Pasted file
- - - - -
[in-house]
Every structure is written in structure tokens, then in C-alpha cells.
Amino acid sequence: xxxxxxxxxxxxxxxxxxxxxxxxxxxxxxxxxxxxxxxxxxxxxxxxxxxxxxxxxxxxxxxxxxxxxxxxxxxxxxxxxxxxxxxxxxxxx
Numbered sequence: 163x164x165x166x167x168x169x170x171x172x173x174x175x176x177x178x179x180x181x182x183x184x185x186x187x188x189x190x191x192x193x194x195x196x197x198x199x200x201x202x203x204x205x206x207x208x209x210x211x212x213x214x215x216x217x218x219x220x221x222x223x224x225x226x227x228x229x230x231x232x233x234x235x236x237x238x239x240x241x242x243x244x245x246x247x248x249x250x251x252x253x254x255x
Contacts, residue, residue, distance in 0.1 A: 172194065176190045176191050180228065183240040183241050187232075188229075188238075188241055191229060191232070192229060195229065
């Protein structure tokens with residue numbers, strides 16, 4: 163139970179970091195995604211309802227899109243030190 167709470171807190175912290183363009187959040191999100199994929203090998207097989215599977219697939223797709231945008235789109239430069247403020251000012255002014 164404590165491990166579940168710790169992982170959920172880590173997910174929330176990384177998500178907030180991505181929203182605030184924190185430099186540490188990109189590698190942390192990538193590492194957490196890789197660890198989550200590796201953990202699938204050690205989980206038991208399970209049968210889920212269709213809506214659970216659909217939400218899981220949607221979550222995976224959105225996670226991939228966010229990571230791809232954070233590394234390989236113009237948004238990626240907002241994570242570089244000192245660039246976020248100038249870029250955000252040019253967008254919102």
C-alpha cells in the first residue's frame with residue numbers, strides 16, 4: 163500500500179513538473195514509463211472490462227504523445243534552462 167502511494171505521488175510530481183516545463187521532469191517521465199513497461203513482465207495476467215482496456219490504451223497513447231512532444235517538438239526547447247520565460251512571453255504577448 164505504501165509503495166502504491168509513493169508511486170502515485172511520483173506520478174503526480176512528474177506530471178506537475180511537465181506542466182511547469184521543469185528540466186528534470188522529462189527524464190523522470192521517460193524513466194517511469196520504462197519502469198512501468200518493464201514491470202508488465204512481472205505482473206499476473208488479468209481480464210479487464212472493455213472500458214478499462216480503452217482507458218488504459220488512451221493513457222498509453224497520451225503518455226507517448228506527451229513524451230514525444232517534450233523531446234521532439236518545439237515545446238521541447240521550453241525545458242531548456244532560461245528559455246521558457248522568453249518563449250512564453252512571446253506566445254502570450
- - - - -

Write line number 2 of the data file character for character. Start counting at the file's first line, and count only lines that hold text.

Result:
Every structure is written in structure tokens, then in C-alpha cells.